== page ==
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The Concept of Person in the Law

Digital Commons @ Boston College Law School
Publication Date
  • Abortion
  • Roe V. Wade
  • Personhood
  • Fetus
  • Fourteenth Amendment
  • Constitutional Law
  • Courts
  • Health Law And Policy
  • Law And Society
  • Medical Jurisprudence
  • Women
  • Health Law
  • Law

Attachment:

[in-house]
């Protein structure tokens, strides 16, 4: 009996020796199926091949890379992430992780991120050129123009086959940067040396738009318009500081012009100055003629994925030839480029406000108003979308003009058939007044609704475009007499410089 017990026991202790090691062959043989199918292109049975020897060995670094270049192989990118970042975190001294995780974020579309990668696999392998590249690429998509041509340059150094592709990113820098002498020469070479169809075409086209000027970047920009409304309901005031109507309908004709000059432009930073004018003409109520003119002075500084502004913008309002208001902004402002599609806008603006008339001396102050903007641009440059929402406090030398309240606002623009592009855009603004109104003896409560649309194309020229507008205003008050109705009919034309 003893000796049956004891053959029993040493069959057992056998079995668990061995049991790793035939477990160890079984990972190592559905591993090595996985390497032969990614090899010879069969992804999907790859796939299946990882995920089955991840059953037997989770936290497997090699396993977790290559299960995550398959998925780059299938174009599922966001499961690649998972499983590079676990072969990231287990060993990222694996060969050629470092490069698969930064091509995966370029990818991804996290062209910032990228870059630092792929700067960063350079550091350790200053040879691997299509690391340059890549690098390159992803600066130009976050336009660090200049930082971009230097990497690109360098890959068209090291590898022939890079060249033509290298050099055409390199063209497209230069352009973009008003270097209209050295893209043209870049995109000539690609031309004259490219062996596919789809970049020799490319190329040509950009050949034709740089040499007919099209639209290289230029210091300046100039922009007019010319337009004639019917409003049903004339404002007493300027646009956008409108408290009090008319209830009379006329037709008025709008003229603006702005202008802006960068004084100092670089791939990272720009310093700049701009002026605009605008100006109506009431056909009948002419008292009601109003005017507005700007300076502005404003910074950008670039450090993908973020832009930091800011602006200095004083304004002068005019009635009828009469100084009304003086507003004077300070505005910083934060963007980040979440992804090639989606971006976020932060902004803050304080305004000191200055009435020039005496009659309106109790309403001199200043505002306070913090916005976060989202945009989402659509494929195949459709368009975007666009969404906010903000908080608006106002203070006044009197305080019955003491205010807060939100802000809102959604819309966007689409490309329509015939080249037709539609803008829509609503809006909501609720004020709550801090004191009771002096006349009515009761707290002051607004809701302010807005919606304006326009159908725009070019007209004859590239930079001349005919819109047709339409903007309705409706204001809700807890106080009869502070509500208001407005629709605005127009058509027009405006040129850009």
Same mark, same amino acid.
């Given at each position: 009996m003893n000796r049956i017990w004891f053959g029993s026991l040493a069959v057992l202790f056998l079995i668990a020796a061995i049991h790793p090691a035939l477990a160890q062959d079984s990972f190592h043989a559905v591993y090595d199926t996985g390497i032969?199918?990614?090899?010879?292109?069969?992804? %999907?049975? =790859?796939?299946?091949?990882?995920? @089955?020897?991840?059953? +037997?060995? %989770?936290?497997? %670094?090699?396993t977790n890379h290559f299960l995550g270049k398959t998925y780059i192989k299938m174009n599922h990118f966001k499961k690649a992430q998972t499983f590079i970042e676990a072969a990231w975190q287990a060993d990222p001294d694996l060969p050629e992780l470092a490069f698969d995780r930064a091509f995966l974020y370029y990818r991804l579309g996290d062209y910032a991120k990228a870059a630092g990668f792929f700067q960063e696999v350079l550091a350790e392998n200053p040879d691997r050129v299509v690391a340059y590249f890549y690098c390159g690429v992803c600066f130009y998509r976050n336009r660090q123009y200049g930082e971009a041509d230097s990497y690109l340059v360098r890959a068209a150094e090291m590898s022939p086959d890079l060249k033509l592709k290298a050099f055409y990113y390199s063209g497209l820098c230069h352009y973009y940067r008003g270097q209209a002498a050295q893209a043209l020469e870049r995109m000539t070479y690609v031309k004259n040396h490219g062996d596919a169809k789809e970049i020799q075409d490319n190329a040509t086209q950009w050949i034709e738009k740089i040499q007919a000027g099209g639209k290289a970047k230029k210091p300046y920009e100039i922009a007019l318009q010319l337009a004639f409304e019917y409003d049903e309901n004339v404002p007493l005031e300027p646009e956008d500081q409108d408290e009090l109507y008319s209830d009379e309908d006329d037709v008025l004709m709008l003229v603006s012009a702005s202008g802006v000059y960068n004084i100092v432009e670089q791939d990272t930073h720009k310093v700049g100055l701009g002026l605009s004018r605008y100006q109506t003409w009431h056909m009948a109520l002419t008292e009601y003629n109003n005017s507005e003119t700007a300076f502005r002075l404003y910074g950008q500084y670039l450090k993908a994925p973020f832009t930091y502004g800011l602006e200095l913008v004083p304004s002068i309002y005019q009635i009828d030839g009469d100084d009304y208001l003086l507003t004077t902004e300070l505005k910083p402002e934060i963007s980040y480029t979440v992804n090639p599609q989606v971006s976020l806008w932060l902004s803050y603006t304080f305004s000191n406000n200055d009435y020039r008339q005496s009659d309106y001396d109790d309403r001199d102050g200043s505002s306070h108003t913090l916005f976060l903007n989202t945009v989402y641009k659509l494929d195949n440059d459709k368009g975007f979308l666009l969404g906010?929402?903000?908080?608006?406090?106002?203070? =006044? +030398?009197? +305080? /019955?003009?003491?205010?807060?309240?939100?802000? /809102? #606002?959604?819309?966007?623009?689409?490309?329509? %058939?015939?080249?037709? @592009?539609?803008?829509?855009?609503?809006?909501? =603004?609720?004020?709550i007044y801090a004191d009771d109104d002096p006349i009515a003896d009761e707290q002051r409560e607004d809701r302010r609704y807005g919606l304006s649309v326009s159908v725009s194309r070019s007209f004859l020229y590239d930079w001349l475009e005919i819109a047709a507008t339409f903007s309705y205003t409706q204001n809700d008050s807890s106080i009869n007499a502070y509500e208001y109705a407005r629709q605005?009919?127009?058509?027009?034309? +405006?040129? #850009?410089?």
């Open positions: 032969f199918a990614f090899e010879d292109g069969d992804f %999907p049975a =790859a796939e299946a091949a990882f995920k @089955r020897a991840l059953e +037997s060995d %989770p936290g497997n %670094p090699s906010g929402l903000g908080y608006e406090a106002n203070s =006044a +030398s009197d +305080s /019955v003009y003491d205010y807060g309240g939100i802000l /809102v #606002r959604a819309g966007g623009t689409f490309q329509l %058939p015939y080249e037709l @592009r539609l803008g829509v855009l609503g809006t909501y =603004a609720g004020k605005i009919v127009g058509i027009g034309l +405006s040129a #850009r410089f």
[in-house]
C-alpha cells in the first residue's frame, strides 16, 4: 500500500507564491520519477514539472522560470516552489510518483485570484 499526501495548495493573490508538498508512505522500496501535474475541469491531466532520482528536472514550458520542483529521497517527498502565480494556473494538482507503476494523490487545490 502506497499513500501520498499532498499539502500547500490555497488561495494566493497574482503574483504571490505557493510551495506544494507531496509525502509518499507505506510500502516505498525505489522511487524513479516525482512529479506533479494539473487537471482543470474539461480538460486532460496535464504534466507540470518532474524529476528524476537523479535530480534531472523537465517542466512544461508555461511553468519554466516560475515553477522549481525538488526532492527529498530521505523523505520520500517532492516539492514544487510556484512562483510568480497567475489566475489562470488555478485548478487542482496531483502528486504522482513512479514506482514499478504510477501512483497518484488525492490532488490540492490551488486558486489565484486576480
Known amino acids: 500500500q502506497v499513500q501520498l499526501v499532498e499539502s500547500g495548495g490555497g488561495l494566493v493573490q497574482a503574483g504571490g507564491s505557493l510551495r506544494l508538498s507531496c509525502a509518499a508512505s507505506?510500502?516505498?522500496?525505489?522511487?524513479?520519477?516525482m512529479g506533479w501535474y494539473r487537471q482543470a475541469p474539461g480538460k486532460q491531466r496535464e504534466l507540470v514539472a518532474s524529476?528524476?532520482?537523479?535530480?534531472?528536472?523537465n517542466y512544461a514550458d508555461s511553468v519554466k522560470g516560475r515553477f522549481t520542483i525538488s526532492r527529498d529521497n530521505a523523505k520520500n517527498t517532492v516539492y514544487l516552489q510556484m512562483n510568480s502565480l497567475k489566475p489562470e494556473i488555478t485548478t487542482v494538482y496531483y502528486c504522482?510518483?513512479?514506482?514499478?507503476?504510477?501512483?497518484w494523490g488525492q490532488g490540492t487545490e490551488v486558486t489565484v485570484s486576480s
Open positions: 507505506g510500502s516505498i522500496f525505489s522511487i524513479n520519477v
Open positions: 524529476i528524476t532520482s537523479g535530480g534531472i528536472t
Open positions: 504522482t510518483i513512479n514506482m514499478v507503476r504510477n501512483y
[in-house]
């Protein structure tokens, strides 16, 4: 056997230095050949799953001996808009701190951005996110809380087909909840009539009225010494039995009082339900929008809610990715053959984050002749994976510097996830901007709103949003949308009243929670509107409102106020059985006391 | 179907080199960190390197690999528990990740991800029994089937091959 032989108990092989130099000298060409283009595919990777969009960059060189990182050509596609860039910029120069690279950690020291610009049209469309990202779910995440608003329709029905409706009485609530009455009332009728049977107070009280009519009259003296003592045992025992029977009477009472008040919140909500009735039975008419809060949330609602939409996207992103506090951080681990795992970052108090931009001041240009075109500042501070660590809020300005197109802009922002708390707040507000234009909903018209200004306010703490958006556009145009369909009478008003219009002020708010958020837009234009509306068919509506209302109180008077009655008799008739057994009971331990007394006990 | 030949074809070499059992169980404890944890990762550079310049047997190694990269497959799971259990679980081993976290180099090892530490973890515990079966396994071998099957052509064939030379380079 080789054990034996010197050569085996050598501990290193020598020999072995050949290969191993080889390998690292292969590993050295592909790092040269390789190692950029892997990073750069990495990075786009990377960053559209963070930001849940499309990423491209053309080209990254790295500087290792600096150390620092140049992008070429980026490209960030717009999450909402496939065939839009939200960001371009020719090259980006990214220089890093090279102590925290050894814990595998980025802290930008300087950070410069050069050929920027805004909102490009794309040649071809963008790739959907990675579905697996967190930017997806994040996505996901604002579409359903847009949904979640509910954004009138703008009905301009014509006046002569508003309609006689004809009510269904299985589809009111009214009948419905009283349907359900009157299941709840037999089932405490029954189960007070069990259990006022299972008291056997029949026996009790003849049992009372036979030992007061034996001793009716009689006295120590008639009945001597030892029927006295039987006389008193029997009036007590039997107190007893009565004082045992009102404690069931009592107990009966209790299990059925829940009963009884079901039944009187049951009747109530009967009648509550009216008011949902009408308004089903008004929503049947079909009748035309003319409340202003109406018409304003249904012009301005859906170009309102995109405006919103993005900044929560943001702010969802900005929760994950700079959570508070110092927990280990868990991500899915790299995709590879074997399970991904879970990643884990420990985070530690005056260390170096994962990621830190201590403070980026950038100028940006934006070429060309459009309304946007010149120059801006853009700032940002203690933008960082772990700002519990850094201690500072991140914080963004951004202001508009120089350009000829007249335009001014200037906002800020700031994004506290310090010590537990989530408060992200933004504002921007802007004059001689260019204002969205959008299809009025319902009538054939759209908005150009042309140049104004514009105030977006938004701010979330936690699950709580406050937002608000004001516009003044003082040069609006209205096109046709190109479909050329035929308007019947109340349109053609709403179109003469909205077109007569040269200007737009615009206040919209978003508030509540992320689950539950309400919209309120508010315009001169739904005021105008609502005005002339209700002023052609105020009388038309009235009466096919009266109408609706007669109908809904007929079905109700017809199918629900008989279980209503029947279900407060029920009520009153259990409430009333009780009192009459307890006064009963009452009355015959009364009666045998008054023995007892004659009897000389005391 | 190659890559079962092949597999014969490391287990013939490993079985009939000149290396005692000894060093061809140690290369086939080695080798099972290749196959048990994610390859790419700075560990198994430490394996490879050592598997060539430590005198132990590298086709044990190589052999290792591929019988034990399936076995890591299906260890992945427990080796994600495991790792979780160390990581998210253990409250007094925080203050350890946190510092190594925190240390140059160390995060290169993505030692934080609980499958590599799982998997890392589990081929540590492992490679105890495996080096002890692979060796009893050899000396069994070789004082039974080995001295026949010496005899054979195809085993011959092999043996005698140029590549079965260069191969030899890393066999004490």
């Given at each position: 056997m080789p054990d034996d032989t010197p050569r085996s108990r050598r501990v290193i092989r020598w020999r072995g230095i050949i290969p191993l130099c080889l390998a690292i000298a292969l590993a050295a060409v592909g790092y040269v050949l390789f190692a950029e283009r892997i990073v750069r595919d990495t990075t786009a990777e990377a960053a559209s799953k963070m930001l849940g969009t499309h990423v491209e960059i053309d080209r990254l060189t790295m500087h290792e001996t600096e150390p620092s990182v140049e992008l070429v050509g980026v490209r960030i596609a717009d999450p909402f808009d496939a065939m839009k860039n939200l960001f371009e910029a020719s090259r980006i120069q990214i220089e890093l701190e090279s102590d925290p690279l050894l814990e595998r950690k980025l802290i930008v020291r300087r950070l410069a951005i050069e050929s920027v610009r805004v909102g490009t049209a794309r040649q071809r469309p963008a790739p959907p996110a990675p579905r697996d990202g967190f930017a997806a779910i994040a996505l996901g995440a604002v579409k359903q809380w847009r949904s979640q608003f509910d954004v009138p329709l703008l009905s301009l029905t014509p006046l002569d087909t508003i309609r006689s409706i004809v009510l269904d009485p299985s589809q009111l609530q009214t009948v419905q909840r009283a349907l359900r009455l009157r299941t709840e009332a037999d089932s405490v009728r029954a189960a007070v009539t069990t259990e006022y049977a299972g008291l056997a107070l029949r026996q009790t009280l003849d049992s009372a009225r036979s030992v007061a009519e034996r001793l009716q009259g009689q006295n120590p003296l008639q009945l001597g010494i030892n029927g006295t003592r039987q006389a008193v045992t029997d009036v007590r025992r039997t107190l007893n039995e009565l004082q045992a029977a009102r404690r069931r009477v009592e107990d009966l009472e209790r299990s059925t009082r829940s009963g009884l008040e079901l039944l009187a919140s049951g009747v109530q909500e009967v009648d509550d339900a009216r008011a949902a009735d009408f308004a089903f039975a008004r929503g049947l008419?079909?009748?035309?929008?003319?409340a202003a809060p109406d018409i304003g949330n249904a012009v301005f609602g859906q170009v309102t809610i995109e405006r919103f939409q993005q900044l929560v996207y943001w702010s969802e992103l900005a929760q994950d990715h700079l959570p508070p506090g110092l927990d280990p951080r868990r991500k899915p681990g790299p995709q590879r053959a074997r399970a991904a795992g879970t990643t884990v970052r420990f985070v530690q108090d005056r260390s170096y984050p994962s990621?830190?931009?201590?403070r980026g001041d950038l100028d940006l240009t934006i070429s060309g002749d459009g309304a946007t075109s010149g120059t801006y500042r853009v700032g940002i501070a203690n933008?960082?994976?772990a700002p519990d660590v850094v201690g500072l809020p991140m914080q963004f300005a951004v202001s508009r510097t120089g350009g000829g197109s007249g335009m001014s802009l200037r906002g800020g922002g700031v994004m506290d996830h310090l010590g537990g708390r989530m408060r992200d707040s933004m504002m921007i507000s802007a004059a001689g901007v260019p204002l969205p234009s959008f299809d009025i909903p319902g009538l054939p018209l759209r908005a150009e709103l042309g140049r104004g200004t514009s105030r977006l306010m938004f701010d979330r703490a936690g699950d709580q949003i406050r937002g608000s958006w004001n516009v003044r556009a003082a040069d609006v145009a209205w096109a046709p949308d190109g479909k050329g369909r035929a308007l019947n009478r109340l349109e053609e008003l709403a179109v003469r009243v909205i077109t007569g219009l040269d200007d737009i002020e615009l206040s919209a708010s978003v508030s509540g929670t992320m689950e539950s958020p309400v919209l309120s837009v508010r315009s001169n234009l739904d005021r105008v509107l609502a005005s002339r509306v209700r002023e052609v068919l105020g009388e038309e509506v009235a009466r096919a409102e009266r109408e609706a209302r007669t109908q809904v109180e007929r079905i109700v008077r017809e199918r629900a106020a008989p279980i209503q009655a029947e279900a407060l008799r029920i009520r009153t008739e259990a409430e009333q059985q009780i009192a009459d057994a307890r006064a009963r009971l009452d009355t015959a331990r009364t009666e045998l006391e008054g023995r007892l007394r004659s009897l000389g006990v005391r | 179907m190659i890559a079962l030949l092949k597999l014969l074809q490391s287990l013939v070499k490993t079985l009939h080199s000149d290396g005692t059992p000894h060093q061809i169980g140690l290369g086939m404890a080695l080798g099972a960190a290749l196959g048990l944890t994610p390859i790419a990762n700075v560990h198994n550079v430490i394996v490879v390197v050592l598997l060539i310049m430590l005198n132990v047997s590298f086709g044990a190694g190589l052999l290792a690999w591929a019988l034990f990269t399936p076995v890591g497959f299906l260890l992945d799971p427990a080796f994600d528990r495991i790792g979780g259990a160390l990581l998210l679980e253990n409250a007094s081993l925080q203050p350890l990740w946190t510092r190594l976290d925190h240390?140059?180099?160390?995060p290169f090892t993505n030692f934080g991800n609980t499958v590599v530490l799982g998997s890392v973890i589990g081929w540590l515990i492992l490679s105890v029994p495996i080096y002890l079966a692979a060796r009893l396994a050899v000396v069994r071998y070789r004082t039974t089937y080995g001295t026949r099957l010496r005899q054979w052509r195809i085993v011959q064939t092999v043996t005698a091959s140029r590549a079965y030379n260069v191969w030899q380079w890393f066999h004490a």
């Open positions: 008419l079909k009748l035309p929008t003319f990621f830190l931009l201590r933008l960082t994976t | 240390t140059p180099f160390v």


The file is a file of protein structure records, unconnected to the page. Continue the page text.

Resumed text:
The focus of the abortion debate in the United States tends to be on whether and at what stage a fetus is a person. I believe this tendency has been unfortunate and counterproductive. Instead of advancing dialogue between opposing sides, such a focus seems to have stunted it, leaving advocates in the sort of “I did not!” – “You did too!” impasse we remember from childhood. Also reminiscent of that childhood scene has been the vain attempt to break the impasse by appeal to a higher authority. Thus, the pro-choice forces hoped they had proved the pro-life forces “wrong” by having had the Supreme Court of the United States decide in Roe v. Wade that a fetus is not a person for purposes of the Fourteenth Amendment. Now the pro-life forces are trying to prove the pro-choice forces “wrong” by passing legislation or a Constitutional Amendment that declares a fetus to be a person after all! I believe that there is a better, more productive way to approach the abortion debate, and that is the way the law has historically approached the concept of person.

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